This is an experience that went from good to extremely bad in less than 12 months.
My brother (partner) purchased a legal two family house with a finished attic in upstate NY. The title search came in clean with no violation therefore we proceed it with the deal.
During the rehab process the building inspector showed up to the house and made us stop the construction and told us tha the attic was illegal as per NY state laws and town.
We had to get approval from the NY State for a variance howeever it still requires an approval from the local building inspector and the zoning board.
At this point we decided to rent out the apts, but the rent roll does not cover the mortgate therefore the house went in to the final stages of foreclosure.
At this point we need to find out what are our options? and most important if the house sells at the auction for less than the loan, can the bank go after my brother for the balance?
please anyone advice us…
Options…call other investors. Take out a second against the property to stop the bleeding…bring cash to the closing table if needed…get it listed with a realtor…have someone work on a short sale.
The bank can come after you for the rest of the money they are owed. Most times they do not but you might be liable for some tax consequences for the difference of what you owe vs. what is sold for.
What part of upstate NY, I might have some advice or be interested in lending a hand.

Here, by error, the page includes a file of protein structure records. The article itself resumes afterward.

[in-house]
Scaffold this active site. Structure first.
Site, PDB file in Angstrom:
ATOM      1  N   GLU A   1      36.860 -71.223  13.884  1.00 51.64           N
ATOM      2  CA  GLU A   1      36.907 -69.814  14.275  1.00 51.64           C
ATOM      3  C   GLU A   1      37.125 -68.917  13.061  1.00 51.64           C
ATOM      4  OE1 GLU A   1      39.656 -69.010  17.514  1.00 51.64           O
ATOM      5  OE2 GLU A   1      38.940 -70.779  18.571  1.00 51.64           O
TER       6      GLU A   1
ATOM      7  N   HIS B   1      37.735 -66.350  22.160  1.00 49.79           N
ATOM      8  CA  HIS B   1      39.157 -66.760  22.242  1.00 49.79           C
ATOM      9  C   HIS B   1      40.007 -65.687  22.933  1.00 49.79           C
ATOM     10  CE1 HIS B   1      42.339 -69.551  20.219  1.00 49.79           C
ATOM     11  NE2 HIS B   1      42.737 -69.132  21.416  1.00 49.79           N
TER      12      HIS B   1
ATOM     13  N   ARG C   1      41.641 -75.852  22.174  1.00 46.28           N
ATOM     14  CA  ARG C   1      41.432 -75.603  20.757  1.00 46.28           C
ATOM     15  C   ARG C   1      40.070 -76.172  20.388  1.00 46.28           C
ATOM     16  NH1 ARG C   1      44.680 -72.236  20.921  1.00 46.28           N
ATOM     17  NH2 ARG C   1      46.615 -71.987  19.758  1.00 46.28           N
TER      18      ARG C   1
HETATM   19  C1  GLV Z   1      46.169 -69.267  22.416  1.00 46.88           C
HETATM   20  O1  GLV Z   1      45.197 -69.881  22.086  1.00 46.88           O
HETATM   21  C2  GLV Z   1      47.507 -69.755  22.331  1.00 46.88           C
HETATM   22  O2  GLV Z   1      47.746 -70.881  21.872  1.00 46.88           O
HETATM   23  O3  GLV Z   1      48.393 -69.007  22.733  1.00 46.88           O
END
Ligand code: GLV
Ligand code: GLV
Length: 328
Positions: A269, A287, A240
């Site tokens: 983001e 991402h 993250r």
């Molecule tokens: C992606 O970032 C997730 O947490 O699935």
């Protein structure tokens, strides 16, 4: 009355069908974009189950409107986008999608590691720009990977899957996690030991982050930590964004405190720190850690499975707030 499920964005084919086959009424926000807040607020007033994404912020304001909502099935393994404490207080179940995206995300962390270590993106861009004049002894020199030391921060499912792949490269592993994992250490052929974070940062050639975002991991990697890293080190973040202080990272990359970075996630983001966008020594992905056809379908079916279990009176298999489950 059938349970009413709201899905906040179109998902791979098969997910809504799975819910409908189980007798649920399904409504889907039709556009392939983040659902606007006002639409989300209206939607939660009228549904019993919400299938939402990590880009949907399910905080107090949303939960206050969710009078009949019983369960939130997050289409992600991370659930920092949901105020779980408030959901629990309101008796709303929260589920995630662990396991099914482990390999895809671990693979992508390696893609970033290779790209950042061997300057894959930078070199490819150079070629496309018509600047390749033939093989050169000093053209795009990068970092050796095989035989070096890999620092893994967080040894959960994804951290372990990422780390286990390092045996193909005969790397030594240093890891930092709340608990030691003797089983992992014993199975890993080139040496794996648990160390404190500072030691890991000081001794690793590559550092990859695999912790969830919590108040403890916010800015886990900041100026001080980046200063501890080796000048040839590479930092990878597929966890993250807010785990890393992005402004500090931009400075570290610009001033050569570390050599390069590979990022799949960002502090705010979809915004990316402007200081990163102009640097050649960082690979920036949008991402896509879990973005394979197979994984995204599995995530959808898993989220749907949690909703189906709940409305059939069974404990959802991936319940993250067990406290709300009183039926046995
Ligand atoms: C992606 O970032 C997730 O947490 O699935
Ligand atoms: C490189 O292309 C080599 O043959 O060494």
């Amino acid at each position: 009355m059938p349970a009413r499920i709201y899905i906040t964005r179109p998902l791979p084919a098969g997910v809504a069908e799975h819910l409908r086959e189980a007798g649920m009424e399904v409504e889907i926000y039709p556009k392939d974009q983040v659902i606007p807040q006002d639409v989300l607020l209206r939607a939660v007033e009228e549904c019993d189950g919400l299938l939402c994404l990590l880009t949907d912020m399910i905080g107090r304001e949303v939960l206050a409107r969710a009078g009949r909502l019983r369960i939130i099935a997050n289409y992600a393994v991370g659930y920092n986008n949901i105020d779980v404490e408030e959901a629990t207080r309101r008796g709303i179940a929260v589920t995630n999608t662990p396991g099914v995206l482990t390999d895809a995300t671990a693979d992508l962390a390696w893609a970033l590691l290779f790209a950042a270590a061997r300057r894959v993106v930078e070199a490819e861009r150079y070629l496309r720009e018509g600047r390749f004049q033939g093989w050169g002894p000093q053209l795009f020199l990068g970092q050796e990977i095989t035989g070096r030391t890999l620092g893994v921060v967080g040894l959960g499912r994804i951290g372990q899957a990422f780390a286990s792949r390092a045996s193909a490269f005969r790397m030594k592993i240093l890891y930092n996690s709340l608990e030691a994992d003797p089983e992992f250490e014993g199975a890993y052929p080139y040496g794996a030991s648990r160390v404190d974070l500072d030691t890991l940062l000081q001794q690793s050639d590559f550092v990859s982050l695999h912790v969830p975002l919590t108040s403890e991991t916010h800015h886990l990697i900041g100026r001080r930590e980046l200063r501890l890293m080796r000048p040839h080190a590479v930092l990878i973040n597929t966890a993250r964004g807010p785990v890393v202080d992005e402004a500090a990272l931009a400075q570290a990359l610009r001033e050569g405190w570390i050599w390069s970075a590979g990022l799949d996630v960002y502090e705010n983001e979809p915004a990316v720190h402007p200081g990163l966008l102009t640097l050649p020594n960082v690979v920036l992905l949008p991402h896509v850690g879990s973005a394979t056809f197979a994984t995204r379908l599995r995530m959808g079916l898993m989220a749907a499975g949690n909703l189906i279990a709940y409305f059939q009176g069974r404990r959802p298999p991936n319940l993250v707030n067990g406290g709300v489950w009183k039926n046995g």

the house is in Peekskill-Westchester county.
Alright, I still consider that downstate. I assumed you were talking about the Buffalo, Syracuse, Watertown areas.
Just looking over your post, you refer to it as a legal two family house but then say the building inspector said it was illegal.
I would look back into your contract with the seller, anything about zoning or supplying a C of O?
To me it sounds like it wasn’t currently rented when you bought it (since you had to do work on it). If so, how long was the house vacant, if less then 6 to 9 months you might be able to keep the zoning no matter what if its been used as a two family for the last 5 - 20 years (Time frames all depend on your local zoning laws)
Talk to the smaller local construction companies and supplier yards around there. You might find they have very close ties to the building inspector. You’d be surprised how fast they can change their mind if a contractor friend does a modification or two.